When you hear the word Design Thinking, your mind hears Design and you talk about design and you think that it only a designer’s job; while had that been a different word, you would have thought differently – the meanings that I attached to it would not have happened.
Design Thinking is NOT Design
Misunderstandings around design thinking are quite common – even (especially?) within the design community. For instance, in her talk ‘Design Thinking is Bullsh*t‘, Natasha Jen, Partner at Pentagram in New York, talks about Design Thinking as being a linear process, and one that trivialises design into a wall of post-its.
If you see Design Thinking as a ‘designerly way of looking at business problems’, it stands to reason that it’s meant for non-designers. Unlike what most businesses expect from ‘methodologies’ and ‘frameworks’ it isn’t a codified, standard process. And that’s another part of the challenge. It isn’t meant to replace actual design, and it doesn’t magically transform business people into designers.
Of the many things it does stand for, Design Thinking balances Business (viability), Technology (feasibility) and Human Interaction (desirability) in defining the products and services organisations take to markets. This key aspect forms a highlight in our recent podcast: Design Talks: Design-in-Tech for the social sector.
Explaining away the tirade
Setting the misunderstanding of the phrase Design Thinking aside, why do designers still resist it? Khoi Vinh, Principal Designer at Adobe, answers this in response to Natasha Jen’s skepticism.
Khoi presents an insight into the design community, the wall that designers have built around the discipline, and why the rise of Design Thinking will not undermine design, as most designers seem to fear. He takes the analogy of engineering: the idea that ‘everyone can code’ and the availability of free online resources to learn code have not threatened engineers, or the discipline or trade of engineering.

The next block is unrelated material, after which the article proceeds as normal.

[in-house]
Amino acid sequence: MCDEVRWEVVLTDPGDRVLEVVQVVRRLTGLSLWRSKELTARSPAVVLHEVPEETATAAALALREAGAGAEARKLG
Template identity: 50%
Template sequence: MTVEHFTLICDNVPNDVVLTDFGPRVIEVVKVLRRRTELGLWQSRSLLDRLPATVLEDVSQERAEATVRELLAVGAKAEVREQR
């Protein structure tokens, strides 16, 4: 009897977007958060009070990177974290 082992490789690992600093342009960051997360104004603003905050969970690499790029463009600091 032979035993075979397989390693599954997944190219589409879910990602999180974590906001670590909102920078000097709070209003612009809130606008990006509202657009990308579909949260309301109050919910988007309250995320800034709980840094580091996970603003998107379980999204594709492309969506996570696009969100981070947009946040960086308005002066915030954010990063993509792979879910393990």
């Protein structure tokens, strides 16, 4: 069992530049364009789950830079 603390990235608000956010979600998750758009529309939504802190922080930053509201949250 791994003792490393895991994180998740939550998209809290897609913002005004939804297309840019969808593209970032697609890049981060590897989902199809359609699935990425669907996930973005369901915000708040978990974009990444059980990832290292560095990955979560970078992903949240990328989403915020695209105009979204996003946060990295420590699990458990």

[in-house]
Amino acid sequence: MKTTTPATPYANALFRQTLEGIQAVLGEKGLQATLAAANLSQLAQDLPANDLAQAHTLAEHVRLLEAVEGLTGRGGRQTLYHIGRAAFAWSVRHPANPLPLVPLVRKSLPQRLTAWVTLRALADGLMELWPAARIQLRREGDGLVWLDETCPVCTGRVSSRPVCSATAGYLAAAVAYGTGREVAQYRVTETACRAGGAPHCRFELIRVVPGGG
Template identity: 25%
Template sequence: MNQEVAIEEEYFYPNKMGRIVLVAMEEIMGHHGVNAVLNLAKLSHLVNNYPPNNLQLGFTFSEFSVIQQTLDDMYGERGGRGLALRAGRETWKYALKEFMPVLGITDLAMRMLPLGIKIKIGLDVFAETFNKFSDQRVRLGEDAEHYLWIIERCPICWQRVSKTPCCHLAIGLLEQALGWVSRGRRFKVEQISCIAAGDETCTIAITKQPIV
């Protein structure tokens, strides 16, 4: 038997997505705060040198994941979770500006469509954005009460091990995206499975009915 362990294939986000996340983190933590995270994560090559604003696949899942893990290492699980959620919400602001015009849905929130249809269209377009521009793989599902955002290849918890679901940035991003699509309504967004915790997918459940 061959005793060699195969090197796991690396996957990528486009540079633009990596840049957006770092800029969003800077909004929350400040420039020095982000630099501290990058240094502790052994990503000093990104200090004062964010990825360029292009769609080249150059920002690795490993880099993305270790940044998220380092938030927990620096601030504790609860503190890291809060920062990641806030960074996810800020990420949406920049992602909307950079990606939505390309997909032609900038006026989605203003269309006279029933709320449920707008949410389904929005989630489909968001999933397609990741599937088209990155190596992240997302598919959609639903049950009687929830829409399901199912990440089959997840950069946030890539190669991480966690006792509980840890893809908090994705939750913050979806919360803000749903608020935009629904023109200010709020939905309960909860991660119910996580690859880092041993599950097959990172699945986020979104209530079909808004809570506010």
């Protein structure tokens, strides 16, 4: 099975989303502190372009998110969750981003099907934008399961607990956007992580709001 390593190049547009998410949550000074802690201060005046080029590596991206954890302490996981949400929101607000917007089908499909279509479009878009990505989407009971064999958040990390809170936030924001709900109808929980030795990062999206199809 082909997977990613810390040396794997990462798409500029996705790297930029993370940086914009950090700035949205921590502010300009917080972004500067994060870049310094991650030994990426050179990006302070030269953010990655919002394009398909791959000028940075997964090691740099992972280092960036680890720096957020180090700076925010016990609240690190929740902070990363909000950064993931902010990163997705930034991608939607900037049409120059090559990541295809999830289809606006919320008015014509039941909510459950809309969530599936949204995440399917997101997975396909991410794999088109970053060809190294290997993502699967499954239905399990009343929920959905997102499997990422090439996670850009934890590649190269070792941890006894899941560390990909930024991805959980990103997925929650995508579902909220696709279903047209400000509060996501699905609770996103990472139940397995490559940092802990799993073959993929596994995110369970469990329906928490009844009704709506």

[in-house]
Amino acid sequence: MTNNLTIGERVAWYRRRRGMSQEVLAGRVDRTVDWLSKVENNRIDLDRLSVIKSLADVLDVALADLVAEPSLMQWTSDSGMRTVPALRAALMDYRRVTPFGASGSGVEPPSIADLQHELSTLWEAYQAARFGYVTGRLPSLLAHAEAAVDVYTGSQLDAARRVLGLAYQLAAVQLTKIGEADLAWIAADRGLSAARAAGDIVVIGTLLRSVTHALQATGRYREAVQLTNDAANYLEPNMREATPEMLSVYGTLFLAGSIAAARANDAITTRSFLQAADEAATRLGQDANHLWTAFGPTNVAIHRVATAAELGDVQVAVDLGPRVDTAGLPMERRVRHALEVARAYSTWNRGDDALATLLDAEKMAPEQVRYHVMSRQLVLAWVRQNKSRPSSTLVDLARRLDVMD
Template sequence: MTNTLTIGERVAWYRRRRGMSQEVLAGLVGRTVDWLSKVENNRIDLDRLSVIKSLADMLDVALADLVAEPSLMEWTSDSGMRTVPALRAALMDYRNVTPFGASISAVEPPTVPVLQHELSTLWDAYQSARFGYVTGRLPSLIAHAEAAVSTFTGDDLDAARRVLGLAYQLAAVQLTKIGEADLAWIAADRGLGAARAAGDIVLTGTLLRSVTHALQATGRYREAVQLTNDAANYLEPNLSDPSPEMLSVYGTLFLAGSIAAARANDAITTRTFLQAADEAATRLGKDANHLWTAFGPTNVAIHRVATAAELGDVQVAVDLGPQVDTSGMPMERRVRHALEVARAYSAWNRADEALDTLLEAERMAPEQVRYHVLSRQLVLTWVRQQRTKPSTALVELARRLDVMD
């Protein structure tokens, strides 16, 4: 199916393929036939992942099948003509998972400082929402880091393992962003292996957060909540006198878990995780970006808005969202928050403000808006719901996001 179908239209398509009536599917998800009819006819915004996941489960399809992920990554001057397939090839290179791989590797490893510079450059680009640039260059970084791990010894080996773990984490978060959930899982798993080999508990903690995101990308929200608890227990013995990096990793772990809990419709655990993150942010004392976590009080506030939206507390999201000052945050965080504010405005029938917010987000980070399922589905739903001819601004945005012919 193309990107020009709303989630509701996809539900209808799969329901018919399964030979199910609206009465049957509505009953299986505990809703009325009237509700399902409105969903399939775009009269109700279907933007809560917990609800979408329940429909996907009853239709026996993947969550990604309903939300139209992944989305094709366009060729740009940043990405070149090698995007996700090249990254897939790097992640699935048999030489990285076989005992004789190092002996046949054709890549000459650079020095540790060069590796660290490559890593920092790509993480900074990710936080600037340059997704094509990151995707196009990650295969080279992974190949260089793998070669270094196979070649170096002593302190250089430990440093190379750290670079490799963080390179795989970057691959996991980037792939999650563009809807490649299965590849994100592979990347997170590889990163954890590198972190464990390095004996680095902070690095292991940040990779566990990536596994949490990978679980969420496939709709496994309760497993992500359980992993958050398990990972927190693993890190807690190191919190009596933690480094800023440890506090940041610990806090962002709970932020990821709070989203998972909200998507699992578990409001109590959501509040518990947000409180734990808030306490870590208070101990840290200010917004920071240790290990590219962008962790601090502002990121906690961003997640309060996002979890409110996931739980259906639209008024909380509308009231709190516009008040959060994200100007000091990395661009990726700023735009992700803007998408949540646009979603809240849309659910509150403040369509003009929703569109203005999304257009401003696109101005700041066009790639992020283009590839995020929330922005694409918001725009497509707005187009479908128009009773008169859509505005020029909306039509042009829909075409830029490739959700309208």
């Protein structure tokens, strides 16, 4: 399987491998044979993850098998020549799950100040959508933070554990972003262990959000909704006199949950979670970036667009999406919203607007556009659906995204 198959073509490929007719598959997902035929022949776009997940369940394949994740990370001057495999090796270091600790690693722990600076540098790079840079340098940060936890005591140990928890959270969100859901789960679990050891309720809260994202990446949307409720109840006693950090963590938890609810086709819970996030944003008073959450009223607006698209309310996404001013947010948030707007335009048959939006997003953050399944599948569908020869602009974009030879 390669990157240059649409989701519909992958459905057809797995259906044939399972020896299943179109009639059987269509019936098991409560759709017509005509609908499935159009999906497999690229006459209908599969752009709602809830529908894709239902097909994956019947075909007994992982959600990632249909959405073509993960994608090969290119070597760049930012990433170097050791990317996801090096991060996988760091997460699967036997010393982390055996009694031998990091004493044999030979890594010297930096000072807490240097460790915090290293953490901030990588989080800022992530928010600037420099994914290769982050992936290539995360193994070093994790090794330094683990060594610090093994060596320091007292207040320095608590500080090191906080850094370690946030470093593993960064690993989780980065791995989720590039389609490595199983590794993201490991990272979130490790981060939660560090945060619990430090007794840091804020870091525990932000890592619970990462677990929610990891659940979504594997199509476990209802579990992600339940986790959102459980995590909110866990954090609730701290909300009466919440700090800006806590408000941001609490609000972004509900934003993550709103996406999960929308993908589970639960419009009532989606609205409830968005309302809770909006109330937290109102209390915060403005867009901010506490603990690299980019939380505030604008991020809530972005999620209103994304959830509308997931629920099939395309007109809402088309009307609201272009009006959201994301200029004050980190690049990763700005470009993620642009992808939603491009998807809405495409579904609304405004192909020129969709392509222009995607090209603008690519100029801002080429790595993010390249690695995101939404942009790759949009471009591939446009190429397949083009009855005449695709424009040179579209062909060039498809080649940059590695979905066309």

Words like ‘bandwidth’, ‘beta’ and ‘reboot’ have become a part of our vocabulary — used by those outside of engineering — and has led to a greater understanding (and value) of engineering. This is where ‘design thinking’ presents an opportunity — to broaden the language of design, to help expand the community of design, and to help build a world that values and understands design better than it does today.
Very often, in this corner of the world, we have freewheeling conversations surrounding design. So why not share it with the world? Enter Design Talks. A podcast series on design. In this pilot episode, I interview Sunil Malhotra, CEO of Ideafarms about Design in Tech for the social space. The conversation kicks off with Design-in-Tech and Design Entrepreneurship for Social impact (DESi), followed by Sunil’s talk for fellows of Aspire Circle and his take on the challenges facing the social sector in India.
The social sector currently lacks awareness of technology exists and how they can use design thinking as a power tool for their own benefit.
If all organisations could come together to radically collaborate, it would likely get rid of all the challenges that the social sector is facing today — raising funds, getting solutions out in the market quicker, governmental support etc.
You don’t need the whole of design thinking, to be implemented in one go; and similarly you don’t need technology to be implemented in one go. Just by changing the orientation of the way you have been thinking and being open to divergent thinking as well as exploration of possibilities instead of starting with constraints, can show a tremendous amount of difference.
One of my most memorable moments during a trip to Sikkim, was on a road trip in the mountainous region around the river Teesta—beside the road, a shallow stream accompanied us, riding on a bed of hundreds of smooth pebbles; the green hills all around were lifting their misty veils.